Billboard called Presley’s second 1970 single, “a driving rock-ballad,” and predicted, “This one has all the sales potential of his recent string of hits. Top performance and material.” Variety added that the new single, “showcases the ‘king of early rock ’n’ roll’ on a standout country pop ballad due for broad impact.” The single ended Elvis’s top ten streak on the “Hot 100” but still reached “hit” status when it peaked at #16 for two weeks in March.
• “The Wonder of You” / “Mama Liked the Roses”
In its review of Elvis’s May single release, Billboard noted, “Presley updates the Ray Peterson ballad hit of the past and comes up with another top of the chart winner.
Variety agreed, labeling the A side, “a polished big ballad and an excellent vehicle for his powerful vocal delivery,” and the flip side, “a sentimental ballad that also features a powerful vocal performance.” As Elvis’s first ever live single release, “The Wonder of You” took Presley back into the top 10 during a 12-week run on the “Hot 100.” In mid-summer it spent three weeks at #9.
• “I’ve Lost You” / “The Next Step Is Love”
Billboard tabbed Presley next 1970 single, “Another two sided smash for Elvis to follow up his top ten winner, ‘Wonder of You / Mama Liked the Roses.’ Both sides are equally potent rhythm ballads. Will hit hard and fast.” Variety added, “I’ve Lost You … registers as a big voiced, lushly arranged ballad with Top 40 and easy listening appeal.” Both show business journals were wrong on this one, though. “I’ve Lost You” turned out to be Elvis’s worst performing single of the year, managing to reach only #32 during a 9-week run on the “Hot 100.”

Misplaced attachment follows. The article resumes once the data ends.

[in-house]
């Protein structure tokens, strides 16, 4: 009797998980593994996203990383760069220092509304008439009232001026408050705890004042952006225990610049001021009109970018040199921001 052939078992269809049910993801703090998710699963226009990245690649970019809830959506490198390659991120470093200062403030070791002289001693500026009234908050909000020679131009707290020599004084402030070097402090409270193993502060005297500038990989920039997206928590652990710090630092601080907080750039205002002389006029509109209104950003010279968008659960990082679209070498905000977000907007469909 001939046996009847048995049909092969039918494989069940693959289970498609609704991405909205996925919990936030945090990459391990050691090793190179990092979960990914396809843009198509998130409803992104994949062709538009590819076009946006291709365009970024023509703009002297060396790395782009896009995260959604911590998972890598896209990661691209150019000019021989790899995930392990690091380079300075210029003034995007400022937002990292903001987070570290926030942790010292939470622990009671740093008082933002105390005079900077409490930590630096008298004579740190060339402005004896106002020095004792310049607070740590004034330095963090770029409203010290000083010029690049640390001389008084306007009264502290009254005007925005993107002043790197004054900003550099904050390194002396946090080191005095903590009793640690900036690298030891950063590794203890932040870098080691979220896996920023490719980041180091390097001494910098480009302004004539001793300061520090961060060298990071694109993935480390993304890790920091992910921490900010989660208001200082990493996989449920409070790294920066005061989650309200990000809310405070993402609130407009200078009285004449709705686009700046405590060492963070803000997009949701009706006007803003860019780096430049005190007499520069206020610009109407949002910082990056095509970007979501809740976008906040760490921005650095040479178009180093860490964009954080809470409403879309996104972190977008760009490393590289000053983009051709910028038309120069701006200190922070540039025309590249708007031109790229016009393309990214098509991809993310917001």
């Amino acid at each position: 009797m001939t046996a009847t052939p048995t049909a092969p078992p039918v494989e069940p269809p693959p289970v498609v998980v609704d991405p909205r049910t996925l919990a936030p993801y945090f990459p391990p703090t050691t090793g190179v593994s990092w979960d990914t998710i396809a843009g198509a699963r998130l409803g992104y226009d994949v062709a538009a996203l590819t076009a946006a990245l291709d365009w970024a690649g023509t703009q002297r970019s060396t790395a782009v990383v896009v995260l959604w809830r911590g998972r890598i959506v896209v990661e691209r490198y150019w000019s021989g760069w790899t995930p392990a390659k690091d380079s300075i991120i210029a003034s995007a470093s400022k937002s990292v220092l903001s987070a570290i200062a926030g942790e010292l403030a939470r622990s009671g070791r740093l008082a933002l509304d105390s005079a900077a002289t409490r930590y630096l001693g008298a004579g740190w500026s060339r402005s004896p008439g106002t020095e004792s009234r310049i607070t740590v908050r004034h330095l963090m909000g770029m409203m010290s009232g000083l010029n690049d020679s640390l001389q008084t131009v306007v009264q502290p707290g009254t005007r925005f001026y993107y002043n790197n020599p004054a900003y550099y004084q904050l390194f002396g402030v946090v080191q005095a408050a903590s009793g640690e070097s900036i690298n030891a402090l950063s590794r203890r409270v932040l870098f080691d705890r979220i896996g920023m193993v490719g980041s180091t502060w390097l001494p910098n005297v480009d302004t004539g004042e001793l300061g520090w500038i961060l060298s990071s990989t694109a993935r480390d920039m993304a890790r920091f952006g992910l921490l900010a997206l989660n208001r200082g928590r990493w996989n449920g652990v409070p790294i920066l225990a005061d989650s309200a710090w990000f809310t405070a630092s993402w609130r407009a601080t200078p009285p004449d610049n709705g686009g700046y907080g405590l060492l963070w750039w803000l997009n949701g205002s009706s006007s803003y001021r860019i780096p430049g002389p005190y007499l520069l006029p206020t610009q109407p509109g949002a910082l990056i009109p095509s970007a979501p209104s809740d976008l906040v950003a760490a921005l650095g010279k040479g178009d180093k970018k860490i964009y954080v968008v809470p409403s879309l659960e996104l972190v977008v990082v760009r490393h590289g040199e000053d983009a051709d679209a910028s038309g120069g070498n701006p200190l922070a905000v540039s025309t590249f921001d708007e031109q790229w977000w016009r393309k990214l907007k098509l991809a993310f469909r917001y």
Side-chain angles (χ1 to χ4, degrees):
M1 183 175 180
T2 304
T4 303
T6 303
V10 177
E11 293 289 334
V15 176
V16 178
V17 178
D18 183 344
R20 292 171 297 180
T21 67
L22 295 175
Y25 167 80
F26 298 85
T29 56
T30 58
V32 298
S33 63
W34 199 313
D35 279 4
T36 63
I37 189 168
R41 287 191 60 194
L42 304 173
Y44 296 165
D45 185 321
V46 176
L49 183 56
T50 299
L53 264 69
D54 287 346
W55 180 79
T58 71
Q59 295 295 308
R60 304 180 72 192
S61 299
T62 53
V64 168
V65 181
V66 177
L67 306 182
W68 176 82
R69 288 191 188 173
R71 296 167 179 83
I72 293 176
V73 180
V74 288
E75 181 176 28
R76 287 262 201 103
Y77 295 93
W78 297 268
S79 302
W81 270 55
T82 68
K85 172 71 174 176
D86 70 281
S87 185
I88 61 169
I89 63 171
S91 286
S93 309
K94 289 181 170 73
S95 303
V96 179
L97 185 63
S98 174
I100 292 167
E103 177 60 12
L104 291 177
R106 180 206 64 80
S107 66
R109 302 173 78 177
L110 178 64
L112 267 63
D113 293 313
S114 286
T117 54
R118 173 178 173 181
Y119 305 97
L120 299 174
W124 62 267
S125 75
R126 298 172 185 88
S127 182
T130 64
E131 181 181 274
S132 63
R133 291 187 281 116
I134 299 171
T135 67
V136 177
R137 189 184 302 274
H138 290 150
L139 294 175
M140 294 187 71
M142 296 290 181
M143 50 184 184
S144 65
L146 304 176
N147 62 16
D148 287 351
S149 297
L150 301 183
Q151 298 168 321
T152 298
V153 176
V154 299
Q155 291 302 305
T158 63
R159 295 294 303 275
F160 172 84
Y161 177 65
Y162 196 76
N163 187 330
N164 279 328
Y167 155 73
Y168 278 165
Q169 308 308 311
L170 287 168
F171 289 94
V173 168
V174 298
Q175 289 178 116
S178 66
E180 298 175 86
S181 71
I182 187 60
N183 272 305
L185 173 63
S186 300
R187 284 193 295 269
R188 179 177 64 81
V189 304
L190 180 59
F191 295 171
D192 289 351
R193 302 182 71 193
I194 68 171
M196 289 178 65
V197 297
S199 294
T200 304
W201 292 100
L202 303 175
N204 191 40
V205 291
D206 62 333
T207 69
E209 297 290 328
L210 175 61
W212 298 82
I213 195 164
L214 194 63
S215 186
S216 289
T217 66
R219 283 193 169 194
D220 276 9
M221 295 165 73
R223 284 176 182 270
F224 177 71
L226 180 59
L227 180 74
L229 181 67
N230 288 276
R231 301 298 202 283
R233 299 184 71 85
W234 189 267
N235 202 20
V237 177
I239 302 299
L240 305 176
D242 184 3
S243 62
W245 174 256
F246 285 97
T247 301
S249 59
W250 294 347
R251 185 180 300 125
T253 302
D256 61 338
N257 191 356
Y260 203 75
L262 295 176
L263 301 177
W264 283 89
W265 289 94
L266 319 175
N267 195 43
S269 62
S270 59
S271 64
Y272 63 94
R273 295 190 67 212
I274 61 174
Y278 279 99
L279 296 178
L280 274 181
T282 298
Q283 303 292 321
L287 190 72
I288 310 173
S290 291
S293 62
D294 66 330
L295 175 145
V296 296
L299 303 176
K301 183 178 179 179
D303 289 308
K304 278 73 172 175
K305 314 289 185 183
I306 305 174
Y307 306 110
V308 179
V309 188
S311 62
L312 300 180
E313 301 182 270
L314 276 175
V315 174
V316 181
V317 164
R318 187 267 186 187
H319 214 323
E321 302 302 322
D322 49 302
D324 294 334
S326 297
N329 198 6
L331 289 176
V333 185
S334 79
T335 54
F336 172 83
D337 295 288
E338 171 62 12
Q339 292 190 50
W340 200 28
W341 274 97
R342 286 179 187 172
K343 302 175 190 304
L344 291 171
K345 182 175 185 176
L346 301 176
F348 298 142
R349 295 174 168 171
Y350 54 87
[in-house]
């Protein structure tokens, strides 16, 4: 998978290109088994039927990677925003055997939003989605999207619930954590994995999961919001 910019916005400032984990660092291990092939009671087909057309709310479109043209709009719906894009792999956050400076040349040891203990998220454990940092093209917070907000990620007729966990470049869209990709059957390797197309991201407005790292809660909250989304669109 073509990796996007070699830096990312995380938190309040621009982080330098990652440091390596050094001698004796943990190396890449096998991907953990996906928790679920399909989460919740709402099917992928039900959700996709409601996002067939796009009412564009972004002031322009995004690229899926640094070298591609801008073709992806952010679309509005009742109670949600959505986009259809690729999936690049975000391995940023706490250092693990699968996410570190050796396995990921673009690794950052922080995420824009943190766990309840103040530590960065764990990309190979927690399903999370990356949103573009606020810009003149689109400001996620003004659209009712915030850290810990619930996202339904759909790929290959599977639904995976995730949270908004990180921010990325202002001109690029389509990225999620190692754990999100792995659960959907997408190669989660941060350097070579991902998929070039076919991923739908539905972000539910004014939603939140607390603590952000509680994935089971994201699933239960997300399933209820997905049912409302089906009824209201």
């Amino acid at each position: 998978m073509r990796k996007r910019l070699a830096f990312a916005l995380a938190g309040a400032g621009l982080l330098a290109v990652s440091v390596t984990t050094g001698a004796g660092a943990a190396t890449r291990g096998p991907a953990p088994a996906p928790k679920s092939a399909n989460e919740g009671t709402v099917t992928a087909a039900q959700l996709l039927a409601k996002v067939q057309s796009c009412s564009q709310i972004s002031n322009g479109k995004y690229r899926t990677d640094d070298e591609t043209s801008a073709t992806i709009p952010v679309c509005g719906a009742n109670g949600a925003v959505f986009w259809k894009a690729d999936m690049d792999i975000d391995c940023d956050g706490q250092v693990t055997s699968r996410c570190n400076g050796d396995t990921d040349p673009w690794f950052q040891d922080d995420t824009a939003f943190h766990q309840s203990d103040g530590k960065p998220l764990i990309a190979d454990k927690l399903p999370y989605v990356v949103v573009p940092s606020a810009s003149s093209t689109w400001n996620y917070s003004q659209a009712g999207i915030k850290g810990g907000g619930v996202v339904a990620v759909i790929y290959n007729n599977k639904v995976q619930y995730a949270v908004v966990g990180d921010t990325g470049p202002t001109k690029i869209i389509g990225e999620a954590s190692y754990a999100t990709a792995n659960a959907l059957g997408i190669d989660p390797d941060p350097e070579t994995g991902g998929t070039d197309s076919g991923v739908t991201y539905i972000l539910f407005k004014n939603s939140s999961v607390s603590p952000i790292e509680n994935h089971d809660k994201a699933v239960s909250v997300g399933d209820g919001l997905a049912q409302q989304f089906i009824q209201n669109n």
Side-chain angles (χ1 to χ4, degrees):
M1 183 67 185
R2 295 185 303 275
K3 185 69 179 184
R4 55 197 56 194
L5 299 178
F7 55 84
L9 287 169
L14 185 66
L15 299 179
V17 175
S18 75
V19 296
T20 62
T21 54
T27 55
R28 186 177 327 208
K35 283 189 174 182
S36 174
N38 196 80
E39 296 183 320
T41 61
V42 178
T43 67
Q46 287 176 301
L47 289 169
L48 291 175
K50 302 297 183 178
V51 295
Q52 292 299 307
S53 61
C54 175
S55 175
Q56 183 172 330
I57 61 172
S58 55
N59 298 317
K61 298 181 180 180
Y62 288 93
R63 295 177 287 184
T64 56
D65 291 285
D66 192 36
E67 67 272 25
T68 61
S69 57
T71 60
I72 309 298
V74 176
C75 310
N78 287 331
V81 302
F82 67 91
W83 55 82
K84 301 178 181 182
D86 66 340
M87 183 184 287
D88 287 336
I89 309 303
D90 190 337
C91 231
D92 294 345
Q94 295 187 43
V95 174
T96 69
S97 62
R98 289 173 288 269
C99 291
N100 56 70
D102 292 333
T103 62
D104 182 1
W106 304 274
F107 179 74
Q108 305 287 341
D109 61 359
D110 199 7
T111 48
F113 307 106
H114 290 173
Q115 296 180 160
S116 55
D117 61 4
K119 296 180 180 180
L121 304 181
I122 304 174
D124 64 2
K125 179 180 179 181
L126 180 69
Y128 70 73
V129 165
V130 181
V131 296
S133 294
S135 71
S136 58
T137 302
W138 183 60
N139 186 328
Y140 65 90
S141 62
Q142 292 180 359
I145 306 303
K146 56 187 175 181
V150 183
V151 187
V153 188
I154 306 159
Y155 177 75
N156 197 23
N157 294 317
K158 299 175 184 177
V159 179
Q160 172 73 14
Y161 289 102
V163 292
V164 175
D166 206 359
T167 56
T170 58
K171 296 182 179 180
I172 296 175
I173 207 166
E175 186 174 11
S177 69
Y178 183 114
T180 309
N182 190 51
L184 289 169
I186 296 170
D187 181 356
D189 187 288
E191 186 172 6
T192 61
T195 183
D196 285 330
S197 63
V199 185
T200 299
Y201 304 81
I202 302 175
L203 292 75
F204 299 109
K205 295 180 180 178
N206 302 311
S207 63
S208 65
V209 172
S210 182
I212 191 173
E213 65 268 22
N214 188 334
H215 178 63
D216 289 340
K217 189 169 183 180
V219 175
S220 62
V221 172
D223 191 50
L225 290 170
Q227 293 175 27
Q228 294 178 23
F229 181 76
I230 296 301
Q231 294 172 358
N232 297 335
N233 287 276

• “You Don’t Have to Say You Love Me” / “Patch It Up”
Considering “I’ve Lost You” an aberration for Presley, Billboard predicted his fifth 1970 single would be, “Another two sided blockbuster for Elvis. The updating of the Dusty Springfield ballad is super as is the swinging Eddie Rabbit, Rory Bourke number which moves from start to finish with no let up.” Variety noted the Springfield cover, “combines his powerful voice with a lush arrangement for a strong ballad entry” and that “Patch It Up” was, “a solid class ballad belted very effectively by this veteran.” The pairing almost got Elvis back into the “Hot 100’s” top 10. At the end of November, it peaked at #11 during a 10-week run on the chart.
Considering Elvis’s considerable accomplishments on stage and on the pop singles charts, 1970 has to be considered a second straight triumphant year for him. Difficult to see at the time, however, were cracks forming in the Presley firmament that would soon bring a moderate decline and an end to the “comeback” that started two years before.